The Cabinet of Linguistic Curiosities: A Yearbook of Forgotten Words by Paul Anthony Jones
The ultimate gift for wordsmiths and lovers of language: a word for every day of the year
Open the Cabinet to leap back in time, learn about linguistic trivia, follow a curious thread or wonder at the web of connections in the English language.
1 January quaaltagh (n.) the first person you meet on New Year's Day
1 April dorbellist (n.) a fool, a dull-witted dolt
12 May word-grubber (n.) someone who uses obscure or difficult words in everyday conversation
25 September theic (adj.) an excessive drinker of tea
24 December doniferous (adj.) carrying a gift
Paul Anthony Jones has unearthed a wealth of strange and forgotten words: illuminating some aspect of the day, or simply telling a cracking good yarn, each reveals a story. Written with a light touch that belies the depth of research it contains, this is both a fascinating compendium of etymology and a captivating historical miscellany. Dip into this beautiful book to be delighted and intrigued throughout the year.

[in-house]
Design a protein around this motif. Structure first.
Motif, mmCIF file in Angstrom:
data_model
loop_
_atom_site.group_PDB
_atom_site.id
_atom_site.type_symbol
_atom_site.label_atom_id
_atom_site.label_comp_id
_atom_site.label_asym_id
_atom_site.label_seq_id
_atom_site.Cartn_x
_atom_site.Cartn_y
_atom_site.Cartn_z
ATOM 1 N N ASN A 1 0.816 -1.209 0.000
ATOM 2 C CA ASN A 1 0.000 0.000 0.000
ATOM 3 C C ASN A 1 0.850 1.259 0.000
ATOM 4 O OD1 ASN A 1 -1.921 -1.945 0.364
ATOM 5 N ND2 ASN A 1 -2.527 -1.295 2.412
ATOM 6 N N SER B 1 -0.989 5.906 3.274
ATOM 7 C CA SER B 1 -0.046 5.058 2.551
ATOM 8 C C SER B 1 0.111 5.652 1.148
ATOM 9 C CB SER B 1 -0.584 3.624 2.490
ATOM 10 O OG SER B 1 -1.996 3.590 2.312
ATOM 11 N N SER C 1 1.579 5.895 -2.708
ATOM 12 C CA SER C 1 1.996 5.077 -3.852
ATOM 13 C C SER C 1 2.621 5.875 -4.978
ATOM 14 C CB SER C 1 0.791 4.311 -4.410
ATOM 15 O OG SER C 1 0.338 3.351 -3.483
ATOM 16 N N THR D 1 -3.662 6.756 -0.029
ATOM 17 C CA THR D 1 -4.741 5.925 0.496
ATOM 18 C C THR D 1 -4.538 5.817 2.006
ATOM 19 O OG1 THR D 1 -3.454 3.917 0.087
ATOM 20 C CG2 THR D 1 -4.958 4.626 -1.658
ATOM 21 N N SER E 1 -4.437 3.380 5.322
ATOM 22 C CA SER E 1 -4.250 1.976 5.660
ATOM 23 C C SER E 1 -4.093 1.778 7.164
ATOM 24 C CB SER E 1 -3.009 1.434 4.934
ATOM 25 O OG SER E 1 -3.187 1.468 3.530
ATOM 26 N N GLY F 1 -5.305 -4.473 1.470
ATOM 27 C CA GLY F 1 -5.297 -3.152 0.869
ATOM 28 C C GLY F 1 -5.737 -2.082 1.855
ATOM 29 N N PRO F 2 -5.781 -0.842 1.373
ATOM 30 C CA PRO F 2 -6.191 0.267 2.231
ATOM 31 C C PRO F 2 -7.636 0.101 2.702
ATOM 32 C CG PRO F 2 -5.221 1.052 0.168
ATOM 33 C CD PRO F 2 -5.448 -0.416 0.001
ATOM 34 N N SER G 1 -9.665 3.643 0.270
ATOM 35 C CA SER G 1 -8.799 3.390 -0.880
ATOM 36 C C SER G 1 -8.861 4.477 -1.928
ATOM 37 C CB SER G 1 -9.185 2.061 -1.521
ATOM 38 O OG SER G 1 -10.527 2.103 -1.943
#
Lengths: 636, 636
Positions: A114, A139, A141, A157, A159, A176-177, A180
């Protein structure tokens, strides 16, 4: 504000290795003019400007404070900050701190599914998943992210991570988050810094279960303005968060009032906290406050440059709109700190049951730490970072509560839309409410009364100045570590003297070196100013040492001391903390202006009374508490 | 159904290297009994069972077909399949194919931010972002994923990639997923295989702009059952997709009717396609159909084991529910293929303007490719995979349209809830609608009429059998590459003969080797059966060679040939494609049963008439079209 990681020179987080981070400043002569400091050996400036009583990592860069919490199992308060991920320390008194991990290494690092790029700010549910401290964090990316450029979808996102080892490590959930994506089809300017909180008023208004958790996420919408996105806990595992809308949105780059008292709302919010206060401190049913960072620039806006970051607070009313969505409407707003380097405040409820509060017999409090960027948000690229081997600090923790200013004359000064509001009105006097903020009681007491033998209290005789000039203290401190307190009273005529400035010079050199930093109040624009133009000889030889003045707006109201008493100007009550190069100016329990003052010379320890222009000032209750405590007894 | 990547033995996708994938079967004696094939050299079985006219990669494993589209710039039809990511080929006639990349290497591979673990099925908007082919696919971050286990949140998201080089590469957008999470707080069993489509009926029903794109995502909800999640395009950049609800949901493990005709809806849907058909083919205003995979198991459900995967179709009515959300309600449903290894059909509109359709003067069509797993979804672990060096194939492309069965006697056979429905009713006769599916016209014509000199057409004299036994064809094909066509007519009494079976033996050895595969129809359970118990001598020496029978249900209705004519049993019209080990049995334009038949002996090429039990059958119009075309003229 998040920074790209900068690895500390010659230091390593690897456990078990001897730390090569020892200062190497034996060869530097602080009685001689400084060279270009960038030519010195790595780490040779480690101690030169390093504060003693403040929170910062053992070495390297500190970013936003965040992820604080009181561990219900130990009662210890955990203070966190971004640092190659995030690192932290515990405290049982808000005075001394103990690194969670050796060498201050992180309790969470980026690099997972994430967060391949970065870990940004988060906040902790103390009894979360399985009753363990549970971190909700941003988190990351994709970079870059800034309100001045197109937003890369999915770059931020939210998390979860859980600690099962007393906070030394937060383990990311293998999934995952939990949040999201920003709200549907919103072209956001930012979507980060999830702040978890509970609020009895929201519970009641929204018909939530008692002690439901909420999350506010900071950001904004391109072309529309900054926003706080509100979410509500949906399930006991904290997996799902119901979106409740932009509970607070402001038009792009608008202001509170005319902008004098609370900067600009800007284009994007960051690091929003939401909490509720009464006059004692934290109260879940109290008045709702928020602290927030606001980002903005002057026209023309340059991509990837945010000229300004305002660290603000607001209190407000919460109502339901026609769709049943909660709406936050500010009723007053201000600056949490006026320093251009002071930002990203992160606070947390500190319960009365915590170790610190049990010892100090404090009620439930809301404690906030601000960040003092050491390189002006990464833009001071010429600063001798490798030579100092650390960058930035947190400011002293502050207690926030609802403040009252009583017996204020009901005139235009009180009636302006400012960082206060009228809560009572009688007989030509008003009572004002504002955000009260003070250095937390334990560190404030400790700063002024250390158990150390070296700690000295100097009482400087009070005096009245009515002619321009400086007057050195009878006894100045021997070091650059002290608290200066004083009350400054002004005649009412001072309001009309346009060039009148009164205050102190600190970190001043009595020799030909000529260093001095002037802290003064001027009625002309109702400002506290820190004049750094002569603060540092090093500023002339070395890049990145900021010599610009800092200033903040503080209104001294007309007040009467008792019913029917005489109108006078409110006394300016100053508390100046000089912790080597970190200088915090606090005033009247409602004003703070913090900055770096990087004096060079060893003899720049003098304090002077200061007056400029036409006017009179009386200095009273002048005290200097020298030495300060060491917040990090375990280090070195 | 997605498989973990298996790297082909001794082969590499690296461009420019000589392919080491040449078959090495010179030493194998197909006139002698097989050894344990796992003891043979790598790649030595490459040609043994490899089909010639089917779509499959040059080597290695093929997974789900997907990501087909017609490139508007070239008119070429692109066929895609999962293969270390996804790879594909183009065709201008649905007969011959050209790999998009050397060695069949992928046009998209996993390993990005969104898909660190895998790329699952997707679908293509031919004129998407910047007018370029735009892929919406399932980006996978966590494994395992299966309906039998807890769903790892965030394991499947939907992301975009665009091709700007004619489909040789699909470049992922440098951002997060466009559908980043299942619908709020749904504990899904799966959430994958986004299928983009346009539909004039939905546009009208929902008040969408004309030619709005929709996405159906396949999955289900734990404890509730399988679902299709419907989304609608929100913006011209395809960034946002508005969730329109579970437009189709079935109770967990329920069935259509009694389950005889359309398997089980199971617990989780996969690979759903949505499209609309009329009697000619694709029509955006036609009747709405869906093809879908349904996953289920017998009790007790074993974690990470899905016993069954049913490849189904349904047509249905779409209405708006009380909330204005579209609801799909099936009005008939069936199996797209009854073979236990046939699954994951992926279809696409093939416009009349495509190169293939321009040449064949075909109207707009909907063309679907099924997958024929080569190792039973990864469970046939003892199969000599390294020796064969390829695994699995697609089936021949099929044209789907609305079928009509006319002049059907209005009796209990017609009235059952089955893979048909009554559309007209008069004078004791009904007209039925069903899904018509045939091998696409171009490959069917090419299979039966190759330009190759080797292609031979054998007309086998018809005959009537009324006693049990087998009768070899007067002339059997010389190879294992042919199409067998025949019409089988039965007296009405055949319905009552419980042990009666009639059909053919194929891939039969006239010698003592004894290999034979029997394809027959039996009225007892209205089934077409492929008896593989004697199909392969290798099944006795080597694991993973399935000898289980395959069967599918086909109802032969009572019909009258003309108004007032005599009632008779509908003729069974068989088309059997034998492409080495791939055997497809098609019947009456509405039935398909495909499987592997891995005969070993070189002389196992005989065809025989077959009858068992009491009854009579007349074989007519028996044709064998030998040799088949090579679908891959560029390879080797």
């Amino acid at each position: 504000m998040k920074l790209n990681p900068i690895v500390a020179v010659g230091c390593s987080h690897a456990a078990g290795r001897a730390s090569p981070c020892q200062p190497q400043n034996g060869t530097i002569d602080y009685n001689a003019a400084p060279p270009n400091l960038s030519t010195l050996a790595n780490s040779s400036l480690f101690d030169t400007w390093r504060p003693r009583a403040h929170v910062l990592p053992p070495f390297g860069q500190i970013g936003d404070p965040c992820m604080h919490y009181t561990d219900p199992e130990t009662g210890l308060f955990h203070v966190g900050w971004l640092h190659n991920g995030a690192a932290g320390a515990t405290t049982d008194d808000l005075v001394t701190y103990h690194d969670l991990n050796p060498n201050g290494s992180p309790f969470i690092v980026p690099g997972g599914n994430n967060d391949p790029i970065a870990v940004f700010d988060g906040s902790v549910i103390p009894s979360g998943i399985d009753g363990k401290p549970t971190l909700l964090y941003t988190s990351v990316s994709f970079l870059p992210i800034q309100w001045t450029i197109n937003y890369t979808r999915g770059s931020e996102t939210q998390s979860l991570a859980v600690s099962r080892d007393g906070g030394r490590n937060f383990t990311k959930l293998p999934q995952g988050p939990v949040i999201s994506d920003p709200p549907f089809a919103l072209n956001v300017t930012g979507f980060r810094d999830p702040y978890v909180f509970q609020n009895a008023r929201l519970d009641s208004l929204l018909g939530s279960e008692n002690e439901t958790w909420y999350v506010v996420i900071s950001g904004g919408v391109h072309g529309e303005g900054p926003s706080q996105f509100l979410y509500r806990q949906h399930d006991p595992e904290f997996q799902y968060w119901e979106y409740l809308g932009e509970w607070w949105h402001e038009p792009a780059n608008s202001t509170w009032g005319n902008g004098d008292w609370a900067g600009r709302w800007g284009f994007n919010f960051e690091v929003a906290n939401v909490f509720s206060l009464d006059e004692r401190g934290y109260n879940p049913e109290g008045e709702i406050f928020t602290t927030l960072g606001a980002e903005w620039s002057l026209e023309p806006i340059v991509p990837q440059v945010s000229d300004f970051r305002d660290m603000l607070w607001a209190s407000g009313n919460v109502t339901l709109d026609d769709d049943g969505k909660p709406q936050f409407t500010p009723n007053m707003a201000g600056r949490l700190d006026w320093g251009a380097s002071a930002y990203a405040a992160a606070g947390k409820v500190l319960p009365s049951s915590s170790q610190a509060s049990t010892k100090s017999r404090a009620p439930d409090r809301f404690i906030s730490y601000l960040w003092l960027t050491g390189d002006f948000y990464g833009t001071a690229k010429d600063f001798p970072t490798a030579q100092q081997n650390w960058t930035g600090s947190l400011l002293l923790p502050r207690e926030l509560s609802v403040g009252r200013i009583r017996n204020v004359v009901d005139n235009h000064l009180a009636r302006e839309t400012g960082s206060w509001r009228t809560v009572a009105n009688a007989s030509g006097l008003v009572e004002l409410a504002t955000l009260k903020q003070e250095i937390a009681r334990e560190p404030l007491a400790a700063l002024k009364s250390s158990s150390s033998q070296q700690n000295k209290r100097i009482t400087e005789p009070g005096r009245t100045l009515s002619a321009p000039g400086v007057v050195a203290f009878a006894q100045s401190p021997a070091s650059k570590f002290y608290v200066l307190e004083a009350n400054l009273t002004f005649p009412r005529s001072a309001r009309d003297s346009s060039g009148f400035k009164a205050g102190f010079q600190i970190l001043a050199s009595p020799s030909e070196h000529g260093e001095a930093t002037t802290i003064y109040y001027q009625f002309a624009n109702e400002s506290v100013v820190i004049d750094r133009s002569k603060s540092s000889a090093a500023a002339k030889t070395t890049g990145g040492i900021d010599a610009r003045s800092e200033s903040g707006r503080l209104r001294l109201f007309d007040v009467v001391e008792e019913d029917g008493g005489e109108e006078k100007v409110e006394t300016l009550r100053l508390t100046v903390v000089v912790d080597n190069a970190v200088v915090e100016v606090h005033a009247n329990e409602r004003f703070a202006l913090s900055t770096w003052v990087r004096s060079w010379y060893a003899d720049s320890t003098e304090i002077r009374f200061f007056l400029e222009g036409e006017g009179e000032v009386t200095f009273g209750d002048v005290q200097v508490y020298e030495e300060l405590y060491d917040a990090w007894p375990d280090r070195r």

The Cabinet of Linguistic Curiosities: A Yearbook of Forgotten Words - About the Author
Paul Anthony Jones was born in South Shields in 1983. He is the author of four books: 'The British Isles: A Trivia Gazetteer' (2012); both 'Haggard Hawks & Paltry Poltroons' (2013) and its sequel, 'Jedburgh Justice & Kentish Fire' (2014); and language fact book 'Word Drops' (2015). 'Haggard Hawks' has since been featured in both The Guardian and The Huffington Post, and has spawned its own popular word-related Twitter account, @HaggardHawks, which was named one of Twitter's best language accounts by Mental Floss magazine in 2014. The daily word and language facts of the @HaggardHawks account inspired 'Word Drops: A Sprinkling of Linguistic Curiosities', published by Elliott & Thompson in April 2015.
Besides his interest in etymology and language, Paul is also a classically trained pianist. He lives in Jesmond in Newcastle upon Tyne, where he drinks far too much coffee and reads far, far too many books.